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Royals united for Queen’s thanksgiving service as Harry and Meghan join family

(PA)
(PA)

The royal family were united in celebration of the Queen at her Service of Thanksgiving as the Duke and Duchess of Sussex publicly joined relatives for the first time since quitting official duties.

The Queen was missing from the gathering but the Duchess of Cambridge said later she had enjoyed Thursday’s historic Platinum Jubilee celebrations but the day had been “very tiring”.

Harry and Meghan were the focus of attention in the absence of the monarch and the couple, after their decision to step down as working royals for financial freedom, were relegated to a second row seat in St Paul’s Cathedral.

The 96-year-old Queen watched the service on television from Windsor Castle after she suffered “discomfort” following a busy first day of festivities including a double balcony appearance and a beacon lighting.

Buckingham Palace later confirmed the Queen, a passionate horse owner and breeder, would not be attending the Epsom Derby on Saturday.

The monarch, who has been experiencing episodic mobility problems, was not expected to be in the royal box for the major sporting event and is likely to watch it on television at Windsor Castle.

The Princess Royal is now expected to join racegoers at the Epsom racecourse.

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The royal family at the Queen’s Service of Thanksgiving (Murray Sanders/PA)

During the service there were smiles from the royals and ripples of laughter from the congregation as the Archbishop of York compared the monarch’s well-known love of horse racing to her long reign, suggesting it “reflects the distance of Aintree more than the sprints of Epsom”.

In his sermon the Most Rev Stephen Cottrell said the Queen was “still in the saddle”, as he thanked her for “staying the course”, with her granddaughter Olympic equestrian Zara Tindall smiling at the remarks along with the Earl and Countess of Wessex.

The Service of Thanksgiving saw more than 400 hundred people who have served the nation, many during the pandemic, invited to be part of the celebrations marking the Queen’s 70-year reign.

They were among a 2,000-strong congregation which included the Prime Minister Boris Johnson, who was booed by the crowd outside, Cabinet ministers, Labour leader Sir Keir Starmer, first ministers of the devolved governments and every living former prime minister.

It was the first time Harry and Meghan had been on full public view alongside the Windsors in two years and when they arrived were greeted by cheers, responding with smiles and a wave, but both boos and cheers could be heard as they departed.

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The Duke and Duchess of Sussex travelled from America for the service (Richard Pohle/The Times/PA)

Indicative of their more-minor position within the royal family, the couple had taken their second-row seats with Princesses Beatrice and Eugenie and their husbands, and Lady Sarah Chatto and her family, before the Prince of Wales, Duchess of Cornwall and Duke and Duchess of Cambridge arrived.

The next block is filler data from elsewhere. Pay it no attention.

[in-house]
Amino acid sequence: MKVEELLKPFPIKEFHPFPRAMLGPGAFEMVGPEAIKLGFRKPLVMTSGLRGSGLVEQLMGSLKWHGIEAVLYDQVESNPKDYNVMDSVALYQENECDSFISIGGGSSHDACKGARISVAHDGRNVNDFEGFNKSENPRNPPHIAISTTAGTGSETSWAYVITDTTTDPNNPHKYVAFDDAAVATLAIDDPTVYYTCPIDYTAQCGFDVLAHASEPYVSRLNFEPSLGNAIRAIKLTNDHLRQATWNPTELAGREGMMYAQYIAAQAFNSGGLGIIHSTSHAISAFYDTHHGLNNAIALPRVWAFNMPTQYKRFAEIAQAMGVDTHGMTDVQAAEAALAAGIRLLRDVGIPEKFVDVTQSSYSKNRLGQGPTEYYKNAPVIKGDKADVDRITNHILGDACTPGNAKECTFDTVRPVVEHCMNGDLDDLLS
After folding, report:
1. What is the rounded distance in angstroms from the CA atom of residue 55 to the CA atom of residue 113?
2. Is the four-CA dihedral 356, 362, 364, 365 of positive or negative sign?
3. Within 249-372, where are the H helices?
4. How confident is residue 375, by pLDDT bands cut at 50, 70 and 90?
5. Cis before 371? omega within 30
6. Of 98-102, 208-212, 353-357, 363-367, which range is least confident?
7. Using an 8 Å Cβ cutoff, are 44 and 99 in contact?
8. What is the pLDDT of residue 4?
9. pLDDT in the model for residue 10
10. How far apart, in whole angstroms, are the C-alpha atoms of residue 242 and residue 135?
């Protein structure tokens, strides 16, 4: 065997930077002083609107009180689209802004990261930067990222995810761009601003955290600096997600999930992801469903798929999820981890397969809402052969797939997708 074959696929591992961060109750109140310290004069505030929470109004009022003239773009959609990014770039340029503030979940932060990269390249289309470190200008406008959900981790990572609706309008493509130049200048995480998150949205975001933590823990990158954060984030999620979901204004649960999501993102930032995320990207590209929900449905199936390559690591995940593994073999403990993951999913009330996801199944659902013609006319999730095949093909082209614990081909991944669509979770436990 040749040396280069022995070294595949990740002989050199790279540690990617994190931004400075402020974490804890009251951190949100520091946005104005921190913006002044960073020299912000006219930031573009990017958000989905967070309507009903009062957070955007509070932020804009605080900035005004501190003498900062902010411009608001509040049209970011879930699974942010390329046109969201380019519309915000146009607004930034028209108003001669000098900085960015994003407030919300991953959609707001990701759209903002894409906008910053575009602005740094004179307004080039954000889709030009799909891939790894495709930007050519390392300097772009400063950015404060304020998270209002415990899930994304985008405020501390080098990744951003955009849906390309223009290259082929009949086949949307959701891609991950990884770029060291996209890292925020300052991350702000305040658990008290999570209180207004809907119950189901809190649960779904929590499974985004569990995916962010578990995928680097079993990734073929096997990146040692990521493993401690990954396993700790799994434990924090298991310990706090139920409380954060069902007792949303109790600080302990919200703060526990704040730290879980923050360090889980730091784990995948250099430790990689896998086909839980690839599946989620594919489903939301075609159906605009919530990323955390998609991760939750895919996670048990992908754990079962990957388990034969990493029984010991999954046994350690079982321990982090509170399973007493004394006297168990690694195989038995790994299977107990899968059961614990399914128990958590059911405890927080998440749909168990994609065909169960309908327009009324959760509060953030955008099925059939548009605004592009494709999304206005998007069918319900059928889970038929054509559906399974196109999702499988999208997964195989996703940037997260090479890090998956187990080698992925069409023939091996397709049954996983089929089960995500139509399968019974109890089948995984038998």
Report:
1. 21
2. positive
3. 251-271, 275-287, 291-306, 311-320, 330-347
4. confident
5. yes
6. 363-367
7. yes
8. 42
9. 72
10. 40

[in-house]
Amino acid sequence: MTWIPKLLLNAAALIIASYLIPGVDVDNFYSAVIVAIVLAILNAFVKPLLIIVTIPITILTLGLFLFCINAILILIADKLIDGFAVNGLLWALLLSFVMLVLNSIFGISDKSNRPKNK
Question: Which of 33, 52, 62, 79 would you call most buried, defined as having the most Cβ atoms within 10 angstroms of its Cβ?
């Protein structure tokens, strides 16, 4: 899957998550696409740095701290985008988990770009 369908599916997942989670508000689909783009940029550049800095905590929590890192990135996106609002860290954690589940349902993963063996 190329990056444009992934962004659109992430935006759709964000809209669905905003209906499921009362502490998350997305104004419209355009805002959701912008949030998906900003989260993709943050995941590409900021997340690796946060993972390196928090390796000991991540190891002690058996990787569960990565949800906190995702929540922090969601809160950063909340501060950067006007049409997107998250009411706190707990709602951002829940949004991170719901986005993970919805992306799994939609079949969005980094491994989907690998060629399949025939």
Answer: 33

There appeared to be no opportunity for the Sussexes to meet the senior royals during the service, and afterwards, following seniority, Charles and Camilla and William and Kate left first before Harry and Meghan.

Royal horsewoman the Princess Royal nodded in approval as the Archbishop suggested the Queen’s long reign had “certainly, less dressage than most people imagine”.

“With endurance, through times of change and challenge, joy and sorrow, you continue to offer yourself in the service of our country and the commonwealth,” he said in his sermon.

“Your Majesty, we’re sorry you’re not with us this morning, but we are so glad you are still in the saddle. And we are all glad that there is still more to come.”

As they left Meghan, dressed in an elegant trench coat from the Dior Haute Couture spring-summer 2022 collection by Maria Grazia Chiuri, a Stephen Jones hat and wearing white gloves, held hands with her husband who bit his lip at times.

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The Duke and Duchess of Cambridge at the Service of Thanksgiving (Matt Dunham/PA)

Kate spoke about the Queen when she chatted to Gill Smallwood, chief executive of domestic violence charity Fortalice, during a Guildhall reception after the service.

Ms Smallwood told the PA news agency: “She (Kate) said, ‘yes, she was fine, it was just very tiring yesterday, and she (the Queen) had had a lovely, lovely time’.”

Before confirmation was given the Queen would not attend the Derby, her hopes of having a winner at Epsom were ended when her horse Just Fine was withdrawn from the World Pool Northern Dancer Handicap.

Phil White, London regional director for The Jockey Club, said: “We would like to wish Her Majesty the Queen a wonderful Platinum Jubilee. It is a rare occasion that The Queen is unable to join us at Epsom Downs but we are delighted she plans to enjoy Derby Day on television.”

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